The aforesaid feature can be enhanced by boiling the (compact or open-pore) moulded bodies in deionized water (37-90° C.) and optionally at a pressure ranging up to 10 bars thus leaching their surface so that the material or moulded body treated in this way has considerably lower pH values once the treatment is finished. This phenomenon could be put down to a reduction of the alkaline Ions in the area near the surface of the material. Such an embodiment of the invention is preferred.
Another feature of the material according to the invention consists in that its solubility can be adjusted within relatively wide ranges, depending upon the selected composition; specifically, the total solubility can range between 60 and 250 μg/mg relative to the starting material if the test is carried out in 0.2M TRIS-HCI buffer solution at pH=7.4, T=37° C. using a grain size fraction of 315-400 μm, the duration of the test being 120 h and the ratio of weighed-in sample to buffer solution being 50 mg to 40 ml.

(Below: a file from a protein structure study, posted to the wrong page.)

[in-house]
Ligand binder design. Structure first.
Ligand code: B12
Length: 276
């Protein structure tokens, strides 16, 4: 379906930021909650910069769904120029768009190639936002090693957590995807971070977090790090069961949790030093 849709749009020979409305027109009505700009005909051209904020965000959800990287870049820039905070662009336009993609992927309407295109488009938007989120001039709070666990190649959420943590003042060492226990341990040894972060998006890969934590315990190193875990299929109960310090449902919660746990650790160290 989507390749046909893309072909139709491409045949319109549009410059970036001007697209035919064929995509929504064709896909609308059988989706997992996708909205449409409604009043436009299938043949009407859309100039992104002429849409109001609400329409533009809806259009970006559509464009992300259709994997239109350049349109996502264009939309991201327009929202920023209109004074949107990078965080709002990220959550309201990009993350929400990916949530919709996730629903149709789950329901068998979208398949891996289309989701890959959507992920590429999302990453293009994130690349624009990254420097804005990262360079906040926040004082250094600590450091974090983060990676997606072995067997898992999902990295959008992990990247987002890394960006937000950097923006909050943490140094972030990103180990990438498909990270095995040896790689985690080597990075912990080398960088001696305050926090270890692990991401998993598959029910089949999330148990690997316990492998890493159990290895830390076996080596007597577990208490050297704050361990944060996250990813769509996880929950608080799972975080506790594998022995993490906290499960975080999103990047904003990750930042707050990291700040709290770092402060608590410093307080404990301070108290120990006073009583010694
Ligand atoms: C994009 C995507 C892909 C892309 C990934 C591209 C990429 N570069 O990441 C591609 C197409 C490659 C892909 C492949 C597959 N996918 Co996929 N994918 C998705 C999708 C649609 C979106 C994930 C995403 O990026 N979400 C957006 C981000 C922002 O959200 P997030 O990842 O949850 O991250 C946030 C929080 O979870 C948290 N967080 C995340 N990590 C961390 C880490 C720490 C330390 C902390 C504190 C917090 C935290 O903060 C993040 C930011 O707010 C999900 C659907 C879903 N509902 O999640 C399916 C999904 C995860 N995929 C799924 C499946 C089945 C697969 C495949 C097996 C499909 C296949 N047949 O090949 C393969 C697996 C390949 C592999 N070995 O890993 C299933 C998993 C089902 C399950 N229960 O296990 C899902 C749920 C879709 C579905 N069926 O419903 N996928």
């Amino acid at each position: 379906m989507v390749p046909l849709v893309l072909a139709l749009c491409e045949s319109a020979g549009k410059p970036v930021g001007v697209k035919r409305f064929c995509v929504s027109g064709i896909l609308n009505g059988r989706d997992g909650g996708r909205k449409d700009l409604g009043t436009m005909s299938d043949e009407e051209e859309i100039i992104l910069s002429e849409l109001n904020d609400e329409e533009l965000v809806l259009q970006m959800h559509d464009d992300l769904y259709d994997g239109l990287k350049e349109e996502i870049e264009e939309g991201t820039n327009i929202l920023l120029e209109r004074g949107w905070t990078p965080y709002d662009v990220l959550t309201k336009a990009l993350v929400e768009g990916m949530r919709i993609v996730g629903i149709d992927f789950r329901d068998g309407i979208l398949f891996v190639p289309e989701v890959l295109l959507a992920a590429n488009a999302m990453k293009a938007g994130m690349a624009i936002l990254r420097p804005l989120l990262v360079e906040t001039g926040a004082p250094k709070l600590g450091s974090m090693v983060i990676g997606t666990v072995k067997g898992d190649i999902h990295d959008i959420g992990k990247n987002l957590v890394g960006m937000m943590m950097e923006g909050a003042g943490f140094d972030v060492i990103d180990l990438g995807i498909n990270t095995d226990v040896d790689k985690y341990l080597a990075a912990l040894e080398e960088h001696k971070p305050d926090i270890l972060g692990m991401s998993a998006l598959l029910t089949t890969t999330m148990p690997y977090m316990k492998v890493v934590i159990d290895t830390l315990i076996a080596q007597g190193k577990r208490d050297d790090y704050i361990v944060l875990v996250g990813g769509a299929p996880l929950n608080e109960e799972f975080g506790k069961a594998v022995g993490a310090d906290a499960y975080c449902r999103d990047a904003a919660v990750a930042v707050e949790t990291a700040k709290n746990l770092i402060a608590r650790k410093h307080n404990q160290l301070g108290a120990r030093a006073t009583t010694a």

Another feature of the material consists in that it can be ground more finely than materials containing solely Ca2KNa(PO4)2 as main crystal phase under the same grinding conditions (Pulverizette 5 manufactured by Frisch GmbH, ZrO2 grinding bowl) [described in: Biomaterials 16 (1995)1241-1248]. The aforesaid feature, which may be due to a high content of X-ray amorphous substances, is of particular importance if the material is to be processed into spongiosa-like bodies.